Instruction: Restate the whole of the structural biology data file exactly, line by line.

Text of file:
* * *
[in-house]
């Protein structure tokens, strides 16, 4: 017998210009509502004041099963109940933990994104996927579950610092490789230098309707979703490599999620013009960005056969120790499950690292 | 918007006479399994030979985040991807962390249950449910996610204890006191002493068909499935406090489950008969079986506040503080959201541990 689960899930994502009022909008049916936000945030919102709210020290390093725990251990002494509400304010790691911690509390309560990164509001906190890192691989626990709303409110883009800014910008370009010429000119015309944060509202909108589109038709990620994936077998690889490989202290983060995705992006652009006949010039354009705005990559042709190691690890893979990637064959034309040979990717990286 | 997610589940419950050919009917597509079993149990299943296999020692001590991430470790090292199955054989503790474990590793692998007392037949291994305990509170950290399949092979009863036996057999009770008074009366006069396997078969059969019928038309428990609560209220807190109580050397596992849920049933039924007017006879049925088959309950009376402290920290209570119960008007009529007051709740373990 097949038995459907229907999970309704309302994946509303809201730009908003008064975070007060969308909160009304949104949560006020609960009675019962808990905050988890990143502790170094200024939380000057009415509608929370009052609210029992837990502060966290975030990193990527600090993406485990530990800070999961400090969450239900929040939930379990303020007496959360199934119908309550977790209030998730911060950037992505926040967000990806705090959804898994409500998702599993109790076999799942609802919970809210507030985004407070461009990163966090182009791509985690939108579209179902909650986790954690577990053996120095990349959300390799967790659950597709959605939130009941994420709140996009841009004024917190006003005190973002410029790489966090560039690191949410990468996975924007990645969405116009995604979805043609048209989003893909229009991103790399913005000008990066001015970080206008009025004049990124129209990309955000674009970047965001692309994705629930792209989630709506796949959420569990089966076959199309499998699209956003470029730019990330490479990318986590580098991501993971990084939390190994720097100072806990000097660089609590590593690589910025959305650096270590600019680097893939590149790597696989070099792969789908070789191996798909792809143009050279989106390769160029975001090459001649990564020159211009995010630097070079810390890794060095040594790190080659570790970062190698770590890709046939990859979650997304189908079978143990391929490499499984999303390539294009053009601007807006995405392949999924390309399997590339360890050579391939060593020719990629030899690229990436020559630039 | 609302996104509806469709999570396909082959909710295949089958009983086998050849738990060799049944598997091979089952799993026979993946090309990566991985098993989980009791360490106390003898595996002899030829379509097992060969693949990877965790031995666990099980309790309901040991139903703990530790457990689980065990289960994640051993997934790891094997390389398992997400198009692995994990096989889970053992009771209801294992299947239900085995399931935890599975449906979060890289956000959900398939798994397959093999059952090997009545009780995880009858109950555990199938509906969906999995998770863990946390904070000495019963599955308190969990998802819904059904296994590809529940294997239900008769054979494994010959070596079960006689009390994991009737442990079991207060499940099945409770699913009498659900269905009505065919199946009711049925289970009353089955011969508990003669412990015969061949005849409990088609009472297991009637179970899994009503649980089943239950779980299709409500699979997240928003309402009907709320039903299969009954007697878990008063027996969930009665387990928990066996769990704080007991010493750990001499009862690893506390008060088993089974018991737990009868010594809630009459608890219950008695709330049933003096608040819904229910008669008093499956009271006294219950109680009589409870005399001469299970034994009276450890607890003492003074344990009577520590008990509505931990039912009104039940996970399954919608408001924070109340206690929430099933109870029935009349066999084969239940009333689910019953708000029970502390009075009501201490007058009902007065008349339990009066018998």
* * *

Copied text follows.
[in-house]
């Protein structure tokens, strides 16, 4: 017998210009509502004041099963109940933990994104996927579950610092490789230098309707979703490599999620013009960005056969120790499950690292 | 918007006479399994030979985040991807962390249950449910996610204890006191002493068909499935406090489950008969079986506040503080959201541990 689960899930994502009022909008049916936000945030919102709210020290390093725990251990002494509400304010790691911690509390309560990164509001906190890192691989626990709303409110883009800014910008370009010429000119015309944060509202909108589109038709990620994936077998690889490989202290983060995705992006652009006949010039354009705005990559042709190691690890893979990637064959034309040979990717990286 | 997610589940419950050919009917597509079993149990299943296999020692001590991430470790090292199955054989503790474990590793692998007392037949291994305990509170950290399949092979009863036996057999009770008074009366006069396997078969059969019928038309428990609560209220807190109580050397596992849920049933039924007017006879049925088959309950009376402290920290209570119960008007009529007051709740373990 097949038995459907229907999970309704309302994946509303809201730009908003008064975070007060969308909160009304949104949560006020609960009675019962808990905050988890990143502790170094200024939380000057009415509608929370009052609210029992837990502060966290975030990193990527600090993406485990530990800070999961400090969450239900929040939930379990303020007496959360199934119908309550977790209030998730911060950037992505926040967000990806705090959804898994409500998702599993109790076999799942609802919970809210507030985004407070461009990163966090182009791509985690939108579209179902909650986790954690577990053996120095990349959300390799967790659950597709959605939130009941994420709140996009841009004024917190006003005190973002410029790489966090560039690191949410990468996975924007990645969405116009995604979805043609048209989003893909229009991103790399913005000008990066001015970080206008009025004049990124129209990309955000674009970047965001692309994705629930792209989630709506796949959420569990089966076959199309499998699209956003470029730019990330490479990318986590580098991501993971990084939390190994720097100072806990000097660089609590590593690589910025959305650096270590600019680097893939590149790597696989070099792969789908070789191996798909792809143009050279989106390769160029975001090459001649990564020159211009995010630097070079810390890794060095040594790190080659570790970062190698770590890709046939990859979650997304189908079978143990391929490499499984999303390539294009053009601007807006995405392949999924390309399997590339360890050579391939060593020719990629030899690229990436020559630039 | 609302996104509806469709999570396909082959909710295949089958009983086998050849738990060799049944598997091979089952799993026979993946090309990566991985098993989980009791360490106390003898595996002899030829379509097992060969693949990877965790031995666990099980309790309901040991139903703990530790457990689980065990289960994640051993997934790891094997390389398992997400198009692995994990096989889970053992009771209801294992299947239900085995399931935890599975449906979060890289956000959900398939798994397959093999059952090997009545009780995880009858109950555990199938509906969906999995998770863990946390904070000495019963599955308190969990998802819904059904296994590809529940294997239900008769054979494994010959070596079960006689009390994991009737442990079991207060499940099945409770699913009498659900269905009505065919199946009711049925289970009353089955011969508990003669412990015969061949005849409990088609009472297991009637179970899994009503649980089943239950779980299709409500699979997240928003309402009907709320039903299969009954007697878990008063027996969930009665387990928990066996769990704080007991010493750990001499009862690893506390008060088993089974018991737990009868010594809630009459608890219950008695709330049933003096608040819904229910008669008093499956009271006294219950109680009589409870005399001469299970034994009276450890607890003492003074344990009577520590008990509505931990039912009104039940996970399954919608408001924070109340206690929430099933109870029935009349066999084969239940009333689910019953708000029970502390009075009501201490007058009902007065008349339990009066018998």